How the White House and Republicans underestimated Obamacare repeal – Politico
The longer Republican efforts to repeal Obamacare flounder, the clearer it becomes that President Donald Trump’s team and many in Congress dramatically underestimated the challenge of rolling back former President Barack Obama’s signature achievement.
The Trump transition team and other Republican leaders presumed that Congress would scrap Obamacare by President’s Day weekend in late February, according to three former Republican congressional aides and two current ones familiar with the administration’s efforts.
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Republican leaders last fall planned a quick strike on the law in a series of meetings and phone calls, hoping to simply revive a 2015 repeal bill that Obama vetoed.
Few in the administration or Republican leadership expected the effort to stretch into the summer months, with another delay announced this weekend, eating into valuable time for lawmakers to tackle tax reform, nominations or spending bills.
As Trump himself infamously remarked, “nobody knew healthcare could be so complicated” — even though health care has reliably tripped up past administrations.
Now that the difficulty of getting 50 senators to rally around a bill has come into stark relief, Republicans are starting to acknowledge they misjudged the situation.
“It’s easier to rage against the machine when you’re not in control of the machine, No. 1. And the perception that we are in control of the machine is inaccurate,” said Sen. Tim Scott (R-S.C.). “Needing 50 out of 52 members on the same page in the Senate? I think that is not being in control of the machine.”
The failure of the plan to quickly repeal Obamacare earlier this year forced Republican leaders to start over and attempt the daunting task of crafting a more comprehensive health care plan that would unite all sides of a squabbling conference. And the Trump administration’s lack of sufficient staff and planning for that early effort helped lay the groundwork for the legislative chaos the GOP’s agenda is mired in today.
A senior administration aide said that although the White House didn’t expect health care to take so long, the blame game will dissipate if the president signs a health care bill by August.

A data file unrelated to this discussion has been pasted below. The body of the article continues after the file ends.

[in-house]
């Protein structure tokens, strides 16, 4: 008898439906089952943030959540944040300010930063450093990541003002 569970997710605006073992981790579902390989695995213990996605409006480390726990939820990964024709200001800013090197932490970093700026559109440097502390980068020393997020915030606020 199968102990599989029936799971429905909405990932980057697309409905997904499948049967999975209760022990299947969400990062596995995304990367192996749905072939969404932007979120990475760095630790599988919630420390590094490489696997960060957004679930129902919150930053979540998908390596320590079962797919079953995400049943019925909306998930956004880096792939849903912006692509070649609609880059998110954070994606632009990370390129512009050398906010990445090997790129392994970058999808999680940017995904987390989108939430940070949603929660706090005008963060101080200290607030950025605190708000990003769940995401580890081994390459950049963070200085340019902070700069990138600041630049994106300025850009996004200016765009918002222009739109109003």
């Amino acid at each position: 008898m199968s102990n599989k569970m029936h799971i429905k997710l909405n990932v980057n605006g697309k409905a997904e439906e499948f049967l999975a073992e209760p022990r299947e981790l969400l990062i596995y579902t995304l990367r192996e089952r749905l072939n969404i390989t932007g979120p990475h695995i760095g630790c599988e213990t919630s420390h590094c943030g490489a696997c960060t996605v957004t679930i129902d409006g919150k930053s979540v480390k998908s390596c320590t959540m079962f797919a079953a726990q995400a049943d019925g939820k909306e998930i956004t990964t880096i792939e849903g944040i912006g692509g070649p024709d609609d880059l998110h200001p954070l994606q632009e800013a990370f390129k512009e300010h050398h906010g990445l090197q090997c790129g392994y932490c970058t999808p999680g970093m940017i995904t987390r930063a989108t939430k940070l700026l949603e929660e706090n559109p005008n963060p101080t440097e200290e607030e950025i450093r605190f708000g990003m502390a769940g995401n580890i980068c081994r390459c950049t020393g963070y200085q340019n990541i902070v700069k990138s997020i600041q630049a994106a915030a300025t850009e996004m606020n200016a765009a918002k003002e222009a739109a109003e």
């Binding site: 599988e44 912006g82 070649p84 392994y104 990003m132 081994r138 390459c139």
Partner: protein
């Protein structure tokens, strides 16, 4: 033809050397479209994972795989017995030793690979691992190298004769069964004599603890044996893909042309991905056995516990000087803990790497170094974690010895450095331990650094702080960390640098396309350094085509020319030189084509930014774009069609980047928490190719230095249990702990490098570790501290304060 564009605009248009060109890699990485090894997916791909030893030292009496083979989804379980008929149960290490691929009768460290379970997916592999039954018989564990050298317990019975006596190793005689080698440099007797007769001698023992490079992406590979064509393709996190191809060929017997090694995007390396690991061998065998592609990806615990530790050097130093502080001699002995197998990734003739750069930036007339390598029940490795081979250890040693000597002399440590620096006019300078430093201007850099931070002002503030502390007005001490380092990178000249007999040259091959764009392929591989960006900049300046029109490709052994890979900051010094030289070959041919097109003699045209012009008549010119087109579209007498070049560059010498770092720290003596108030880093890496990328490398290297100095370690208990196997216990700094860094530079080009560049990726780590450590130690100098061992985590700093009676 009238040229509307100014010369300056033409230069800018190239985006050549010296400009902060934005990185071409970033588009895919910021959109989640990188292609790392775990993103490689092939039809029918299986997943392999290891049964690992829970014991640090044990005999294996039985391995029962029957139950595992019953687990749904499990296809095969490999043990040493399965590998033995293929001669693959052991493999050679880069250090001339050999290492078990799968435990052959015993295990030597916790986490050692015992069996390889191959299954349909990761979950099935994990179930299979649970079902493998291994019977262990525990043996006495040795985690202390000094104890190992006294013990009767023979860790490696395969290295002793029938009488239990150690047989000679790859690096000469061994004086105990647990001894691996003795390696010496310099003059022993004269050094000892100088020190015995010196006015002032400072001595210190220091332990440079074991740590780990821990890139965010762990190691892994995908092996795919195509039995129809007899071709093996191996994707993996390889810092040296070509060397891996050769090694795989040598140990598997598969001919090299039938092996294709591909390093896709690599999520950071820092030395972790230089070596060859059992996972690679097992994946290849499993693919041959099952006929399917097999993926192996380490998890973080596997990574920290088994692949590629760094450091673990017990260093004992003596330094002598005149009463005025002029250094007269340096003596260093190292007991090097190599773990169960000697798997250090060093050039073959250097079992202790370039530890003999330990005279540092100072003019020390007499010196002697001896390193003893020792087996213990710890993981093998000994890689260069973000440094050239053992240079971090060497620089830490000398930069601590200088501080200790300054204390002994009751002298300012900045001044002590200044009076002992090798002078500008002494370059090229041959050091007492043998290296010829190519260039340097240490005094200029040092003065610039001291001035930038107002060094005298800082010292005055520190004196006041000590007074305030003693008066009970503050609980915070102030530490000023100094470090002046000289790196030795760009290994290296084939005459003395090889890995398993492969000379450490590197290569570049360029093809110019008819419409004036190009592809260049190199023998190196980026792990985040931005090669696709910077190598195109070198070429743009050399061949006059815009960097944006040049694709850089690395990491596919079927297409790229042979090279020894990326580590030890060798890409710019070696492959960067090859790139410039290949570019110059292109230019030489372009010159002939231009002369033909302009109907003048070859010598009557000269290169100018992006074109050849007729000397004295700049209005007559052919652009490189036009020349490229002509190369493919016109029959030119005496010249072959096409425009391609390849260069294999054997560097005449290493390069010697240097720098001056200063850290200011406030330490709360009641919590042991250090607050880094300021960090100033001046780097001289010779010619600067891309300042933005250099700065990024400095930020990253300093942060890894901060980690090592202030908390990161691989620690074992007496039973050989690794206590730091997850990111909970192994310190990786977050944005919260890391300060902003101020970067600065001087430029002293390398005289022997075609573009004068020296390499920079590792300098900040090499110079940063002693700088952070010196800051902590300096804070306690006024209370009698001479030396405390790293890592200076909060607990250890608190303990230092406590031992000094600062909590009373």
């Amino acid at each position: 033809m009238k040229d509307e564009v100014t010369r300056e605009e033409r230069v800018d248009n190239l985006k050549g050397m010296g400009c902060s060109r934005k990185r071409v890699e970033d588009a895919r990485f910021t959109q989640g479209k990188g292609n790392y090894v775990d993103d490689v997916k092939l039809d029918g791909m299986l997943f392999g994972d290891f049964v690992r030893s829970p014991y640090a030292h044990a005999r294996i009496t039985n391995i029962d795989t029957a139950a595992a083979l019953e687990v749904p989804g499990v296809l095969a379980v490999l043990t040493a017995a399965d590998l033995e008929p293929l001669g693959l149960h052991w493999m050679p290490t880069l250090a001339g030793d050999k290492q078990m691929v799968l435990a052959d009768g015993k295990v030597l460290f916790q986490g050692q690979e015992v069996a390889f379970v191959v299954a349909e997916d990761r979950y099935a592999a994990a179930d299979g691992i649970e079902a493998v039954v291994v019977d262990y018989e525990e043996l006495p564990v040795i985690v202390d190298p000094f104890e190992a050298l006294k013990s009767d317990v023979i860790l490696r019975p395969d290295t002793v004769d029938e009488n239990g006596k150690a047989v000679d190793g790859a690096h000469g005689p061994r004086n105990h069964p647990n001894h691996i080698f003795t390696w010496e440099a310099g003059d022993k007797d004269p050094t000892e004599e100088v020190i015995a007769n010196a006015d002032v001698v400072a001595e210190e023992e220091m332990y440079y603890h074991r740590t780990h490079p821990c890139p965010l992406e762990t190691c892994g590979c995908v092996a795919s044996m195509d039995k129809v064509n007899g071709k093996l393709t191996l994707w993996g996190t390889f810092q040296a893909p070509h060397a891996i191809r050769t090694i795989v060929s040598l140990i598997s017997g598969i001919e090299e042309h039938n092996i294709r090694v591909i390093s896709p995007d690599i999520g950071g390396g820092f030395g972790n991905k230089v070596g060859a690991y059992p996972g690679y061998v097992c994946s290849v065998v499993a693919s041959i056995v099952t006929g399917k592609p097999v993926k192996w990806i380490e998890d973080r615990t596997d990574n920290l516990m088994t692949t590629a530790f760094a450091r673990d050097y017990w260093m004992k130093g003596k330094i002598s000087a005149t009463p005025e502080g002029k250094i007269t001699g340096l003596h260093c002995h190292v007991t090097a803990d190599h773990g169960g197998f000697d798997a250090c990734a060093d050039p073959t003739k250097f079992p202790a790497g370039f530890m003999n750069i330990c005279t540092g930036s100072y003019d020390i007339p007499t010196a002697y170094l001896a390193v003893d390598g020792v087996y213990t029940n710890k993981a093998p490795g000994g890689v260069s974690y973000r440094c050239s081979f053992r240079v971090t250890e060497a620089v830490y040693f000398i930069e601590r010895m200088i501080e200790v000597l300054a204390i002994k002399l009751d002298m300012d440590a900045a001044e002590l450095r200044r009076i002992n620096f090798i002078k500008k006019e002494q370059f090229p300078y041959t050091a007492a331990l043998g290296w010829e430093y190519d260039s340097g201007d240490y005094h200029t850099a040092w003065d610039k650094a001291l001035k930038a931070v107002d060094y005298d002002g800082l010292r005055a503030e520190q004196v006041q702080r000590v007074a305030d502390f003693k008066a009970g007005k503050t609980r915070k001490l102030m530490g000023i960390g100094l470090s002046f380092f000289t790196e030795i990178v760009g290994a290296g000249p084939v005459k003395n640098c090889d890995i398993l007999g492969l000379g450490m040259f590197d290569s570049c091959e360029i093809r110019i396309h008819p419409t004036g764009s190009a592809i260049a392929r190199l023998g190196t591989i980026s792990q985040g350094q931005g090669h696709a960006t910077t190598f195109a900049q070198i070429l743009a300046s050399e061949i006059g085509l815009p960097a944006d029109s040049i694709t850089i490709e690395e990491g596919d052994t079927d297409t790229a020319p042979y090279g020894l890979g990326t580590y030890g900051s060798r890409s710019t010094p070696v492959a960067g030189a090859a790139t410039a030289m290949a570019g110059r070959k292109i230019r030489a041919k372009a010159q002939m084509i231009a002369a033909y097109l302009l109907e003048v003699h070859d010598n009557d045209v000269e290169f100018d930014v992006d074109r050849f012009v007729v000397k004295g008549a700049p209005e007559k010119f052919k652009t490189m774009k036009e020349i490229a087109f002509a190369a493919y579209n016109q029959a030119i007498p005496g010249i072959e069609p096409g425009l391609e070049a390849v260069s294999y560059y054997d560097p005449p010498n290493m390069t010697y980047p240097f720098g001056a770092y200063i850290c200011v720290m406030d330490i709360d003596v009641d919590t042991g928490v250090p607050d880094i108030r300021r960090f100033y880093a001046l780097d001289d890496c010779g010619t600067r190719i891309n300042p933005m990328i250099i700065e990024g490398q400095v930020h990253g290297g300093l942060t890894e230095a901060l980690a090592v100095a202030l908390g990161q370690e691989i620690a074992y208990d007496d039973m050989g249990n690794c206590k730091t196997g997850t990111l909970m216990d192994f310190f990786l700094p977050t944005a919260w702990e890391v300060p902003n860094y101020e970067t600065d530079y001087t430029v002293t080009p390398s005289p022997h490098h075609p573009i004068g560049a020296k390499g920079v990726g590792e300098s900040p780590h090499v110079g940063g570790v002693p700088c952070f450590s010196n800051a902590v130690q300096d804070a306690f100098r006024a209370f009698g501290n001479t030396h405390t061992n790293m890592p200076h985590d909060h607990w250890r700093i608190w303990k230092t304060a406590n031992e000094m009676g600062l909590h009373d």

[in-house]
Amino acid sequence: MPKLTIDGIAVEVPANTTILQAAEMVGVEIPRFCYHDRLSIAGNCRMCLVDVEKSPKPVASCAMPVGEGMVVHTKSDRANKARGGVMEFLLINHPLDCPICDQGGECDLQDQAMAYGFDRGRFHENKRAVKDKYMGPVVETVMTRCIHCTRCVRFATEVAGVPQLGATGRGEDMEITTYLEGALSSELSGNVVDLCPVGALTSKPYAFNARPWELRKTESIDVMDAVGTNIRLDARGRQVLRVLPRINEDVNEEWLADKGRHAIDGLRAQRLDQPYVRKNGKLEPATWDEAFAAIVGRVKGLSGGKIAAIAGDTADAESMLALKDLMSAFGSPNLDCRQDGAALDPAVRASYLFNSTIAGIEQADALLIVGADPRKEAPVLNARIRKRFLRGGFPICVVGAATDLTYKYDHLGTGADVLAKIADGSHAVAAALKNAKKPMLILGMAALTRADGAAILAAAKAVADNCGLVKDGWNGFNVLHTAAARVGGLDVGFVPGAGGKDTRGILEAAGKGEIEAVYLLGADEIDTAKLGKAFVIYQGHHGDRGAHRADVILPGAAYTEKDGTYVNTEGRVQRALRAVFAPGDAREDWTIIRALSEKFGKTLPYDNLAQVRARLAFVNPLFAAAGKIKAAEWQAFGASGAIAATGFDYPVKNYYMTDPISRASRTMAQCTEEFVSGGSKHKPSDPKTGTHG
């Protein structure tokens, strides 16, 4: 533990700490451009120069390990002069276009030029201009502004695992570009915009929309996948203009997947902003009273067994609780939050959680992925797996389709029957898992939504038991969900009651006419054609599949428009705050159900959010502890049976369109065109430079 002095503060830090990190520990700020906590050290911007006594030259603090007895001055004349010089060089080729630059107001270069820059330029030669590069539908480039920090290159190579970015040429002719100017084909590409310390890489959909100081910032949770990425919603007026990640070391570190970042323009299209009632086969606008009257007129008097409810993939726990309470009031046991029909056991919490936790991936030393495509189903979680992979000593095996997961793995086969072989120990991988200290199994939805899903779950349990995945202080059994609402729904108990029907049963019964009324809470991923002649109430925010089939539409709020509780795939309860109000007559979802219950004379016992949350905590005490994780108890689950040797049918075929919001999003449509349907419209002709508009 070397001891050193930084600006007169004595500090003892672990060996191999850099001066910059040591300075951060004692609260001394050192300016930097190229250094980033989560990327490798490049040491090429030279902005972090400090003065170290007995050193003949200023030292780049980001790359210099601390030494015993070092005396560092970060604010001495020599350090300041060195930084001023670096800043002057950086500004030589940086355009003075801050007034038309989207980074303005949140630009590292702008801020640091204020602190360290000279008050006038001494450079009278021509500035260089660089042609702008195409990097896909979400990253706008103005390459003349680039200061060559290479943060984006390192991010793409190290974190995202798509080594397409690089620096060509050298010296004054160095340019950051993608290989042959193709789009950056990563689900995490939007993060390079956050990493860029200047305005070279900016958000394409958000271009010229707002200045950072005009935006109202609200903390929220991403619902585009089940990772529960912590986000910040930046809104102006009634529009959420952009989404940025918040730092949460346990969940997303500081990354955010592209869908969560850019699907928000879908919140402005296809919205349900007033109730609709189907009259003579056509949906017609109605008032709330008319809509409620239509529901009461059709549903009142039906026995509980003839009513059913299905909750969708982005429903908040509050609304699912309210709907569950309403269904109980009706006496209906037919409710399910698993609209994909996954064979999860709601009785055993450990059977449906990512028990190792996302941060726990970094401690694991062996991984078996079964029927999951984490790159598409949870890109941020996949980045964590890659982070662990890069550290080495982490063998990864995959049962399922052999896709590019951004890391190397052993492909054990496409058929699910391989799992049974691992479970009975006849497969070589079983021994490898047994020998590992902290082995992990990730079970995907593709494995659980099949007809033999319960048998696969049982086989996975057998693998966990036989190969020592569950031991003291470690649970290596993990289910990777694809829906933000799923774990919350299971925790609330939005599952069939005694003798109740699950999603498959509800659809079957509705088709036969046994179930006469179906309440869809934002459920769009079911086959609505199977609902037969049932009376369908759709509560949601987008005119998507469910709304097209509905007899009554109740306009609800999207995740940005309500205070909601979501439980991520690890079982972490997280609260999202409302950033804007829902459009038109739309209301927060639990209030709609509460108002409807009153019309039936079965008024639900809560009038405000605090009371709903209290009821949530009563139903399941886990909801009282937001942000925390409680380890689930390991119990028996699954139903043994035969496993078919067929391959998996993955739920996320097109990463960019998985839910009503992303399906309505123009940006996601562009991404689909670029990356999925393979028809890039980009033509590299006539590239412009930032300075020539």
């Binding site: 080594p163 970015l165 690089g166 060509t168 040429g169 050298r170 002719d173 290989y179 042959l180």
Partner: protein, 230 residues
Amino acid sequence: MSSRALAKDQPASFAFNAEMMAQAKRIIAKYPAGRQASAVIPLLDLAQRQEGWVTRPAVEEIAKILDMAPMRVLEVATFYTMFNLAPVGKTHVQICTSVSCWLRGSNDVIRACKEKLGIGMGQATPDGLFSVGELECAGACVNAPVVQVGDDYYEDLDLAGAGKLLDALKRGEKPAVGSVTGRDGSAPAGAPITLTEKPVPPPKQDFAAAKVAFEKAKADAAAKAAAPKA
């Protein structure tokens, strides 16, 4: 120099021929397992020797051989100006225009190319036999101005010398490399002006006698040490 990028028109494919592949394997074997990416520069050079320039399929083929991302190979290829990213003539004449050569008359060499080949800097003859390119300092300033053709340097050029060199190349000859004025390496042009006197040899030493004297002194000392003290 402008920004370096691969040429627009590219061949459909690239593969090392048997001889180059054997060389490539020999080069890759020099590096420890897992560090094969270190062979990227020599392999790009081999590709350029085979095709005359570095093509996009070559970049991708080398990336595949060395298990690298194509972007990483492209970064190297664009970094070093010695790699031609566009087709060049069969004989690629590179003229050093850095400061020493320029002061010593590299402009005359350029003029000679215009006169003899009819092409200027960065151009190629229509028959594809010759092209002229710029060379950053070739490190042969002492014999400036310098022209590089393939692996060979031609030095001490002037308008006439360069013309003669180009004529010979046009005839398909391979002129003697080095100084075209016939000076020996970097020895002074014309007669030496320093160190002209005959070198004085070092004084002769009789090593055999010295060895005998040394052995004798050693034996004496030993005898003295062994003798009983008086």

“If, a week from now, we have completed the repeal of Obamacare, I don’t think people looking back on it will do the woulda, coulda, shoulda game,” the aide said.
Still, rank-and-file senators now say starting with tax reform could have done more to unify the party and avoid the GOP’s ongoing quagmire.
“I would have much preferred to start off with tax. But that wasn’t my decision,” said Sen. David Perdue (R-Ga.). “Tax is the heavy lift here. It’s not going to be easier than health care. And we’ve been doing this for seven months.”
Past administrations have also been hurt by health care. Democrats said after the passage of Obamacare that they wished they had delayed the topic until more of their agenda was underway — House Democrats lost their majority in 2010 shortly after the law passed.
First lady Hillary Clinton took flak in the early 1990s for her failed health care task force, and President George W. Bush faced tremendous opposition when his administration pushed through the Medicare Part D prescription drug benefit — even though the program has cost less than original estimates.
Still, after the November 2016 election, few in Trump world or Congress saw potential problems after Republicans campaigned on killing off the Affordable Care Act for seven years.
“We are probably all guilty of not being as creative as we needed to be,” said one former congressional leadership aide. “Every administration likes to check off an accomplishment.”
During the transition, the Trump administration never established a great deal of coordination with the Hill or a concrete game plan for health care, according to congressional aides and one former transition official.
The transition had just a handful of health policy people, who were also tasked with working on the confirmation processes for Health and Human Services Secretary Tom Price and Centers for Medicare and Medicaid Services Administrator Seema Verma. The administration official said the lengthy confirmation process, which he blamed on Democrats, hurt the White House because it meant the administration did not have two key health policy experts in place.
Helping sort through the process were Marc Short, now the White House legislative affairs director; Rick Dearborn, the White House deputy chief of staff; and Stephen Miller, a senior adviser for policy. All three had congressional experience, but several Republicans said Trump’s staff lacked experience negotiating or moving major legislation.